Why not comfort bikes?

General Discussion about electric bicycles.
john61ct   10 MW

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Re: Why not comfort bikes?

Post by john61ct » Nov 14 2019 12:59am

neptronix wrote: i only build bikes with 22" wheels or smaller these days
Well for mainly dirt / gravel desert & forestry tracks I just can't see going that small.

Fattie tires is suspension, so maybe 24" rim, gets to what circumference?

And I fully agree with "comfort bike platform" as opposed to the usual competition MTB or road bike frames in the US.

But as stated need to be able to stand on the pedals, any recumbency is a non-starter, not included in **my** definition of "comfort bike"

And I'm including big cahuna DD in my plans, in fact the main driver most of the time.

Just with heavy loads and big hills, see the need for a motor using gearing **as well** to help with slow speed high torque, since I **can't** get down too small a wheel, and even a 4000W DD chokes at those low speeds.

The CA v3 is indeed there to prevent damage only, up to me to be conservative to stop, get out, empty the water jugs maybe push the rig up to the top of the pass.

From here it seems going to the extra cost / complexity of multiple motors is worth it, probably an ICE motor is the only alternative.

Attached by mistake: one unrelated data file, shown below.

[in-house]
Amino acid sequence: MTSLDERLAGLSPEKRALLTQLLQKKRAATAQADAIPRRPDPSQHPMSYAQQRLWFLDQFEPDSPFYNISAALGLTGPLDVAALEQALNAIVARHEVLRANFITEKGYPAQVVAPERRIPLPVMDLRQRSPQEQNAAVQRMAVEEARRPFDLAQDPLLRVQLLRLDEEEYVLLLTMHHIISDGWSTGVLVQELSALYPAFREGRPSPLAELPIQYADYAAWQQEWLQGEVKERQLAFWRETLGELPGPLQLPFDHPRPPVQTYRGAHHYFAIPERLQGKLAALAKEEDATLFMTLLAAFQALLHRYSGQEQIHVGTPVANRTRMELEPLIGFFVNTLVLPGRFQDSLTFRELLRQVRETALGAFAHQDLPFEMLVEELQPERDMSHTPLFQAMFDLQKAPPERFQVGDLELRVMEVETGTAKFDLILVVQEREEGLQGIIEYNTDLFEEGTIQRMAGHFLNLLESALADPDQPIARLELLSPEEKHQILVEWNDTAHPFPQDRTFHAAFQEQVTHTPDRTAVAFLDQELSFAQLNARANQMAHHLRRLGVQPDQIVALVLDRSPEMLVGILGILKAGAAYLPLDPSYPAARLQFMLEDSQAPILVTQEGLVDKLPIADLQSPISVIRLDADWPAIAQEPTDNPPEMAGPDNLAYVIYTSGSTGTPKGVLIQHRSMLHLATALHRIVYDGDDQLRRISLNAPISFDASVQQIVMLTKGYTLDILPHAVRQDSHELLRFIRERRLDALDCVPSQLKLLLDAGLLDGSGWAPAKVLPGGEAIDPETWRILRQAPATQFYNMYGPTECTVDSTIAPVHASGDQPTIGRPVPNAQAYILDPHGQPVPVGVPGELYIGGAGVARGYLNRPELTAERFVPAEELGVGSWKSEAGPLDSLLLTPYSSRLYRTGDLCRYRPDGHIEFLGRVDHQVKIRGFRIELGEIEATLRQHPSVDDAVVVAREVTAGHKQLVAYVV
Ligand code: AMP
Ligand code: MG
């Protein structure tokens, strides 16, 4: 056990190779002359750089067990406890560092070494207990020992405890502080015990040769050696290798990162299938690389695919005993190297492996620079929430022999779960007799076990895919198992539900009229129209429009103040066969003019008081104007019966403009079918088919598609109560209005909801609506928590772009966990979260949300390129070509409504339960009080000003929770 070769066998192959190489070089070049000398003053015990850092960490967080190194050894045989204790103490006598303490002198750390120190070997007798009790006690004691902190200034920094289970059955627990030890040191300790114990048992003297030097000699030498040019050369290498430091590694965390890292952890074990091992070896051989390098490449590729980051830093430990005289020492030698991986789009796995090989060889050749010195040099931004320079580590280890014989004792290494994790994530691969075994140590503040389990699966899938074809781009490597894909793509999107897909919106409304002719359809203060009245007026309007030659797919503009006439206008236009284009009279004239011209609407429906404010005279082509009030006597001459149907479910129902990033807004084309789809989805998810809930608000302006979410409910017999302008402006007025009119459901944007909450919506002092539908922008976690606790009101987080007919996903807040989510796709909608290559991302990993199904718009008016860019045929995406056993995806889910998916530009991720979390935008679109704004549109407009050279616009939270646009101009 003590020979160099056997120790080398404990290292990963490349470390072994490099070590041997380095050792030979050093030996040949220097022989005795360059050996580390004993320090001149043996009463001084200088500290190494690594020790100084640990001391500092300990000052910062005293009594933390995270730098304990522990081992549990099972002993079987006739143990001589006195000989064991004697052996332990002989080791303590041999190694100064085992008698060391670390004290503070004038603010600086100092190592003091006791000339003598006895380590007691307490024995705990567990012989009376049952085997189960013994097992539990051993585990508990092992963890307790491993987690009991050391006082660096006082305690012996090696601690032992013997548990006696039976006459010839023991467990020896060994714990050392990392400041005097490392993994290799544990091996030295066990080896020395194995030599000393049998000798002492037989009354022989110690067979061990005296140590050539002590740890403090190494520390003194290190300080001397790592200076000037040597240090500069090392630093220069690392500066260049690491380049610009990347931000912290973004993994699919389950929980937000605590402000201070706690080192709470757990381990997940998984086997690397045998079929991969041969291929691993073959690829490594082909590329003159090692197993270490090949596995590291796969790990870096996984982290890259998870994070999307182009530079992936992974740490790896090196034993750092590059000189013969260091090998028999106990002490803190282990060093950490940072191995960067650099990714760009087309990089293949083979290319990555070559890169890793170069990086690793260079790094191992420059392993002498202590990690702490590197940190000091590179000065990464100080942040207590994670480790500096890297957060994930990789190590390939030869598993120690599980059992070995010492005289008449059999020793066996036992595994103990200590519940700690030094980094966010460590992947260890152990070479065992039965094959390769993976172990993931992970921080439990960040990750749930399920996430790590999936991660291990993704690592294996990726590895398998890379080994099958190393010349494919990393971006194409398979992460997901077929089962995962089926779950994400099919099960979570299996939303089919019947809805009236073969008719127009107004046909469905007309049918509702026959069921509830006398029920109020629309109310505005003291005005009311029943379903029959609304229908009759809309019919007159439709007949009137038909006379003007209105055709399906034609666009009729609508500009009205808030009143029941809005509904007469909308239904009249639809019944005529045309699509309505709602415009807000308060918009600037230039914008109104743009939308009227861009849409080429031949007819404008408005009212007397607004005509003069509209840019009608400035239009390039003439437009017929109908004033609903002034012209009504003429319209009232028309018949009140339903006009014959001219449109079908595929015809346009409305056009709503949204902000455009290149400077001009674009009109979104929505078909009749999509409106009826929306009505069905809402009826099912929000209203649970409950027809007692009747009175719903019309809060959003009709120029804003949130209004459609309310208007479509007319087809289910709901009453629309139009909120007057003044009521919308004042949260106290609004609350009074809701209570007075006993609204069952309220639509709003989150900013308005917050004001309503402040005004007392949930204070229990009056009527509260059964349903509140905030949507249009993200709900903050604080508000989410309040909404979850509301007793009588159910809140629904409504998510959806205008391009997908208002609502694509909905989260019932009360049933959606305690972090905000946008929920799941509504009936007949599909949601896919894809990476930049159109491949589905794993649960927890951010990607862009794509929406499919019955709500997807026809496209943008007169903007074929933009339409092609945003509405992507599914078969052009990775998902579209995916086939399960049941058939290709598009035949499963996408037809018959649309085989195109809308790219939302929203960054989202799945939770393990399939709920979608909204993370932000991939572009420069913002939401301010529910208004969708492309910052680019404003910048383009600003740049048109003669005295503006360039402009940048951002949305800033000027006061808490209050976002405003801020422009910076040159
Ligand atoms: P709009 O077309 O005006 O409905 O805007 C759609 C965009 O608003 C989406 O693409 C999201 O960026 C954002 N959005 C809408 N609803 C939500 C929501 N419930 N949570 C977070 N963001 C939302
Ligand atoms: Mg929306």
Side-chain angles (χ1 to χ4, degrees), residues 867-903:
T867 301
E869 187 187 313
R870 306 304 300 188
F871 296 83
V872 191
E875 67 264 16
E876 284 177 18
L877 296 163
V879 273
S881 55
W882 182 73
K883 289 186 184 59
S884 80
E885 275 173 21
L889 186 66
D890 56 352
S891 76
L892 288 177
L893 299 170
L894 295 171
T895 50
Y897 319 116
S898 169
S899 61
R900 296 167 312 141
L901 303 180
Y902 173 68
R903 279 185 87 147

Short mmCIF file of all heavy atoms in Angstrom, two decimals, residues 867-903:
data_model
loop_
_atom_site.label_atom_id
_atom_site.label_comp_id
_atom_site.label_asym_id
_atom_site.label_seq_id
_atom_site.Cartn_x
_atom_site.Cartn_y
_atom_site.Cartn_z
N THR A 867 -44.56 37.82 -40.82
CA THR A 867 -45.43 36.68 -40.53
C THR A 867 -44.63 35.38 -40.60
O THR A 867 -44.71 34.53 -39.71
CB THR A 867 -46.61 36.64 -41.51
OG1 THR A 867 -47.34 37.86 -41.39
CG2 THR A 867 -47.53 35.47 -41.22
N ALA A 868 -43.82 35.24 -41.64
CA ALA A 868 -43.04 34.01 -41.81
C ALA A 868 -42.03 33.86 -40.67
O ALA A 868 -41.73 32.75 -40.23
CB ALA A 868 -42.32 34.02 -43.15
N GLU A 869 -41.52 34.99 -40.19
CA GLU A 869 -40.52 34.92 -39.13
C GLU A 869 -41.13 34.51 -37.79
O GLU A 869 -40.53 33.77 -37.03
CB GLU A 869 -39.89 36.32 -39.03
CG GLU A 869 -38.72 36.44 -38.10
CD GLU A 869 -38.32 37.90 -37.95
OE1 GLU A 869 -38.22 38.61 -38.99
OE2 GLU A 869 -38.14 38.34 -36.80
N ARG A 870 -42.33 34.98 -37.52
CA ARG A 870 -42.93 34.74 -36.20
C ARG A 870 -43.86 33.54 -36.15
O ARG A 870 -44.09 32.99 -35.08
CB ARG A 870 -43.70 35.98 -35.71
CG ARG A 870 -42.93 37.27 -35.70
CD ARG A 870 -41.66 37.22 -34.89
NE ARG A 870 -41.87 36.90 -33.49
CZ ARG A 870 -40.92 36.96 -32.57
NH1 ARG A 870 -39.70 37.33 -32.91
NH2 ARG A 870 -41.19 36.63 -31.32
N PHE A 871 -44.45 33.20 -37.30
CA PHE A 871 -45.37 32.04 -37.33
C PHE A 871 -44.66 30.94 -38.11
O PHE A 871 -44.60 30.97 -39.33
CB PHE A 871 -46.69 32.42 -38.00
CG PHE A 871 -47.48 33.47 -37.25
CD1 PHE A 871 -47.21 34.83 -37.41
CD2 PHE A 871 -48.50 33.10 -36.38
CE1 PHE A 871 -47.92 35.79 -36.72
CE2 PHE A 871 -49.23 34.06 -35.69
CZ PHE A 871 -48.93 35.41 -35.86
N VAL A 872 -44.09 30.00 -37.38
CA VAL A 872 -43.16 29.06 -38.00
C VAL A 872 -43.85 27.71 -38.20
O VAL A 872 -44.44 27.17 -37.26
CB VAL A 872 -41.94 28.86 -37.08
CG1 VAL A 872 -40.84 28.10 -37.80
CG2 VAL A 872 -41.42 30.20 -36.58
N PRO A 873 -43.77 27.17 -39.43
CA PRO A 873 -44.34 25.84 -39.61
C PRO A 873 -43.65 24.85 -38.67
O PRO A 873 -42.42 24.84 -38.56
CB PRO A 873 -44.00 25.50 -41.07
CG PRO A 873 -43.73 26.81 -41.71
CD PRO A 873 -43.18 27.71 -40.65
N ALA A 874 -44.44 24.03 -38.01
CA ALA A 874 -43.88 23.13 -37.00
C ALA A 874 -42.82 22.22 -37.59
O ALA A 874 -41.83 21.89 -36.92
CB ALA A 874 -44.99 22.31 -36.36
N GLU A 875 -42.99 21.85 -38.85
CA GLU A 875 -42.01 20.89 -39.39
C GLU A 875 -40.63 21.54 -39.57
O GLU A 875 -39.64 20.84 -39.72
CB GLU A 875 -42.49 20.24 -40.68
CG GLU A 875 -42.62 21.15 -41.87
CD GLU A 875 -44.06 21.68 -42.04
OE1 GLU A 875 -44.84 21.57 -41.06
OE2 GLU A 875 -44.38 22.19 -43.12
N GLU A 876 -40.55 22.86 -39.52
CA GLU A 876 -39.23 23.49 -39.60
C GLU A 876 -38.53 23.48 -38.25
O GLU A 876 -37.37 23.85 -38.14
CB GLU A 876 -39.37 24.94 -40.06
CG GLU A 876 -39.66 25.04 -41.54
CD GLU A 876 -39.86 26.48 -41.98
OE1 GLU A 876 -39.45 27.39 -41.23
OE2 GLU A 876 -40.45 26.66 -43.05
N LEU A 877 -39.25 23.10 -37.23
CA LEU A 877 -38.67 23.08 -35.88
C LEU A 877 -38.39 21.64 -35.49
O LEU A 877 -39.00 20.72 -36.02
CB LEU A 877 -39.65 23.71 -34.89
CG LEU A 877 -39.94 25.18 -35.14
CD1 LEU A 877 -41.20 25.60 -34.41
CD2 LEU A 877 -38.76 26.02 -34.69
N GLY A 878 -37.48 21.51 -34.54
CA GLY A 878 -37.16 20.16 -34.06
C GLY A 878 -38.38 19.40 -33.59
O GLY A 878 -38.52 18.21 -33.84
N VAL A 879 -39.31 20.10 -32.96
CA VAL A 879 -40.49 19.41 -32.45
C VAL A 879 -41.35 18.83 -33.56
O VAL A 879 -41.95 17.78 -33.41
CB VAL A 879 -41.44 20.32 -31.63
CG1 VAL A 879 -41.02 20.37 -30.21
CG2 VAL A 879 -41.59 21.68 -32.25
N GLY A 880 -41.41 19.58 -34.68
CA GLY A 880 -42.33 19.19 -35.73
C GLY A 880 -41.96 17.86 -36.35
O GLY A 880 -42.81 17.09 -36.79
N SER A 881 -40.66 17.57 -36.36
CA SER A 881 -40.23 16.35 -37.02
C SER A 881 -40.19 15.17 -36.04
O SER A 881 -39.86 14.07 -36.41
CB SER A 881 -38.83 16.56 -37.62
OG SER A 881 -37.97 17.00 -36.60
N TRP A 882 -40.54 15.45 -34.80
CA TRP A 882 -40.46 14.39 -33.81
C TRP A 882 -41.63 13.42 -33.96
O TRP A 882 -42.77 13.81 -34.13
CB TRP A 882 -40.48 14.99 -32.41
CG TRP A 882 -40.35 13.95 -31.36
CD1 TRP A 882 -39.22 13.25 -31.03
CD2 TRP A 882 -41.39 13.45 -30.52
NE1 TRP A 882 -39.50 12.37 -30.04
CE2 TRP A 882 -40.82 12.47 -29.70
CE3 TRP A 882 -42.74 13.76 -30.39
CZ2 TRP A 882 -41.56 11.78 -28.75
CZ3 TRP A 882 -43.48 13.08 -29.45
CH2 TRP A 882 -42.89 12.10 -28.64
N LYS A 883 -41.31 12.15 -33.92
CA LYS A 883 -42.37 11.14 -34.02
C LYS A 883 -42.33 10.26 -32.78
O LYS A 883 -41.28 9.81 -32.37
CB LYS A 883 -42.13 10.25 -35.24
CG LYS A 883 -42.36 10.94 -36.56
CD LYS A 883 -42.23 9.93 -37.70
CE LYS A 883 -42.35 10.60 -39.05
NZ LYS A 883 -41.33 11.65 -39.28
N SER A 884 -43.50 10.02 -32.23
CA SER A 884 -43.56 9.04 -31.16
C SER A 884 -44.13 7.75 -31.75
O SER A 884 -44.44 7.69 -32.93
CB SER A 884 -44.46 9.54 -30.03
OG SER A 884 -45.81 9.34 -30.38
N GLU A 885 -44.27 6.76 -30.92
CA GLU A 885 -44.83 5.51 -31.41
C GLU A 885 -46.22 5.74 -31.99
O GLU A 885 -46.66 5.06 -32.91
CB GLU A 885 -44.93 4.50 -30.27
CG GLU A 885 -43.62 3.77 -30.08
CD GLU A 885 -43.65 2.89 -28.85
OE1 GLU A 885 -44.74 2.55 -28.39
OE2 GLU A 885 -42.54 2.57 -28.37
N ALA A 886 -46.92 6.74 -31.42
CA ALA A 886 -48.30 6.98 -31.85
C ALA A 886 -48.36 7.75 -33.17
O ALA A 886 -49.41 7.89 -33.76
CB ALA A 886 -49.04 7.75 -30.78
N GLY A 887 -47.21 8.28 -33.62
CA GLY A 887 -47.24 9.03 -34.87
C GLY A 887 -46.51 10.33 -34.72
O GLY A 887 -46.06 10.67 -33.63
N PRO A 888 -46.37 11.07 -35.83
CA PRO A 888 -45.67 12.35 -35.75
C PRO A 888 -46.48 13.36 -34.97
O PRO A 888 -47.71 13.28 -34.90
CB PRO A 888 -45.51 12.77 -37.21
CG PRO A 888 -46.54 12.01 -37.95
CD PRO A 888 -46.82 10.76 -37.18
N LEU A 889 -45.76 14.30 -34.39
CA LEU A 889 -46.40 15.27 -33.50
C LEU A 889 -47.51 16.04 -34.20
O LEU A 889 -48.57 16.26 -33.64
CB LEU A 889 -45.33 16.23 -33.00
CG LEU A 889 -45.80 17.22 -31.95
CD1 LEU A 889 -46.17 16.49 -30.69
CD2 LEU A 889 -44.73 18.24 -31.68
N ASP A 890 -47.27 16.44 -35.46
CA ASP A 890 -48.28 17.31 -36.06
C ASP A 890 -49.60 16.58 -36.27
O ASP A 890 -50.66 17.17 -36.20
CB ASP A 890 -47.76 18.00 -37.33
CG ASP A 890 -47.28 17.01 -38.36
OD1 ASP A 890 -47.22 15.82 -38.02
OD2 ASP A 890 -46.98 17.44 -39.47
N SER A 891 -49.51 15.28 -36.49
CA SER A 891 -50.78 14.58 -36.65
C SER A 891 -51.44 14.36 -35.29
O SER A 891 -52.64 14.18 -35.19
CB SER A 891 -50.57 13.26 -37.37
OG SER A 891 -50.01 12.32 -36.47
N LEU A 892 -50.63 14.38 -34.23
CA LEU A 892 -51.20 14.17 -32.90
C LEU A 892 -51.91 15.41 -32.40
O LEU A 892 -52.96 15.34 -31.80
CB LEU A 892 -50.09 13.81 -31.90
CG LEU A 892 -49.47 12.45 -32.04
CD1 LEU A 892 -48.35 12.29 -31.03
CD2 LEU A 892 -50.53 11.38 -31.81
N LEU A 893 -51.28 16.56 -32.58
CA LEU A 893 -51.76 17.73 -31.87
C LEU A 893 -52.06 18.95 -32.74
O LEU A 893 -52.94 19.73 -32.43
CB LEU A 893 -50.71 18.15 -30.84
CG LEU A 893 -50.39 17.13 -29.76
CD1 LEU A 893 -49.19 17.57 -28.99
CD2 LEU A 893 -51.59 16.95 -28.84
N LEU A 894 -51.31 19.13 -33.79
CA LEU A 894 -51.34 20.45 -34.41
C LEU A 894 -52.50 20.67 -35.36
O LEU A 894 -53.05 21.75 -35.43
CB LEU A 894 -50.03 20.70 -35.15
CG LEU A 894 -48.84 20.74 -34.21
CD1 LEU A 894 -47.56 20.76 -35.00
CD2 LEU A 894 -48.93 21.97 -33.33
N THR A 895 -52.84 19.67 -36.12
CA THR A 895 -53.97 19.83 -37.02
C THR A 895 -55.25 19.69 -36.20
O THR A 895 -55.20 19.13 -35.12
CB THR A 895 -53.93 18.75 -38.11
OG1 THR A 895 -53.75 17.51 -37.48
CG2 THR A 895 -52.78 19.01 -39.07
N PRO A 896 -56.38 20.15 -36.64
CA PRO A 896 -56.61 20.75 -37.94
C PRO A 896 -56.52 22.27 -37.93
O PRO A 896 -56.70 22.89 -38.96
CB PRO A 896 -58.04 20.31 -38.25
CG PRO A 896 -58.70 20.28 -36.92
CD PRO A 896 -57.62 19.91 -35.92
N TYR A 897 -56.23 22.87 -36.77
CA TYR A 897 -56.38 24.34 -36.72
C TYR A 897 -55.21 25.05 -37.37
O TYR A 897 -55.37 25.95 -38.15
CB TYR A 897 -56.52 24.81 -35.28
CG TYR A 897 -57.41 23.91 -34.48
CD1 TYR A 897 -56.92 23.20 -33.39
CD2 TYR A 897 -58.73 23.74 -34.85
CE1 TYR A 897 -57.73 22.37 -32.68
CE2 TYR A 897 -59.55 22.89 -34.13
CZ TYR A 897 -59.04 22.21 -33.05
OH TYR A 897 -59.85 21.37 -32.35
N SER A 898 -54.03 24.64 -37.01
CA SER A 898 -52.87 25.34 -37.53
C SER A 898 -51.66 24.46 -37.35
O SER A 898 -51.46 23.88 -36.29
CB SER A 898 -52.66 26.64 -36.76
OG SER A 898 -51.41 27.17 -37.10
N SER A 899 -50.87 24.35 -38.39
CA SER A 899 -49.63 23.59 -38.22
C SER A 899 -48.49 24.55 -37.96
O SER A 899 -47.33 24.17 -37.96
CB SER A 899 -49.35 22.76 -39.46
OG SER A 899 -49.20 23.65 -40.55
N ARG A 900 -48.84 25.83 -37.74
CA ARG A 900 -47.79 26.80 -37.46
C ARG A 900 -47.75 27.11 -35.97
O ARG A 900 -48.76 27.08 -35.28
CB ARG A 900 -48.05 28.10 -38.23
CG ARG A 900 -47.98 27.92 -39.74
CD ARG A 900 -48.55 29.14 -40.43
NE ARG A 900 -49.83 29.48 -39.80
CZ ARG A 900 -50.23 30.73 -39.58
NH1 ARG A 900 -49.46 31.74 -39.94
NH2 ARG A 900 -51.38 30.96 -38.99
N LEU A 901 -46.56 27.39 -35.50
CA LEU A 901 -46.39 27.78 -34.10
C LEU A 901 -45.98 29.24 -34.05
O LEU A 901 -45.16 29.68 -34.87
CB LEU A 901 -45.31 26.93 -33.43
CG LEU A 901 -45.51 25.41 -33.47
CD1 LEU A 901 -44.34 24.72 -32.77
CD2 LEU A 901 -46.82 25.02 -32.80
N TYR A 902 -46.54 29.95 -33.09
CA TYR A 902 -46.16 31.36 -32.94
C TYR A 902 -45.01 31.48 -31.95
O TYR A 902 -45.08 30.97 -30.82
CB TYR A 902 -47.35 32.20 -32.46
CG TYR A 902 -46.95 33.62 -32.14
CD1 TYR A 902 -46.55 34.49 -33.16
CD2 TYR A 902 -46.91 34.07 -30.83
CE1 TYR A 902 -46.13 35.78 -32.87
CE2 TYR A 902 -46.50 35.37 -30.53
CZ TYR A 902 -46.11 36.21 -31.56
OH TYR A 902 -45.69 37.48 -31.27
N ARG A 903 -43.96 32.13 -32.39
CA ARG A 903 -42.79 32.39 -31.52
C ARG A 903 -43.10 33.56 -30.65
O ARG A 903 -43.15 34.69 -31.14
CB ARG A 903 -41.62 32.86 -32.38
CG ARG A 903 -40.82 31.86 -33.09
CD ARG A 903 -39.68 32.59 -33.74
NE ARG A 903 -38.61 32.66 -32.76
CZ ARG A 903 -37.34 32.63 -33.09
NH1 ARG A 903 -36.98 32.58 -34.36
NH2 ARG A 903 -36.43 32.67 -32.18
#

> This is a 30mm wide DD ( 14-15lbs ) in a 20" wheel in a semi recumbent frame going up a 10% grade for 11 minutes straight. That's a pretty hardcore climb, and probably beyond what you're trying to do.

Not at all, and I'm hoping to get to at least 400lbs as well.

> you rarely see rear suspension on those kinds of bikes, which you really need, since more of the weight sits on the back of the bike than usual

Have not decided yet where the cargo / big battery pack(s) get distributed, with a front DD obviously would need to load up at that end.

A Rohloff Speedhub optimized for the lowest end is prolly a folly, 130 Nm limit I've heard?

Is there a mid BB drive that gets up to higher torque than that, could be derated for headroom with CAv3?


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neptronix   100 GW

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Re: Why not comfort bikes?

Post by neptronix » Nov 14 2019 1:12am

john61ct wrote:
Nov 14 2019 12:59am
neptronix wrote: i only build bikes with 22" wheels or smaller these days
Well for mainly dirt / gravel desert & forestry tracks I just can't see going that small.

Fattie tires is suspension, so maybe 24" rim, gets to what circumference?
22" is a typical motorcycle wheel size that translates to 18" in motorcycle tire diameter.
Those things handle rough roads pretty well. But they have real suspension. I don't build bikes without real suspension either. It's mandatory with small wheels, and i'd argue at the speeds i go at times ( 30-50mph ), it's even mandatory with 700c/29er wheels.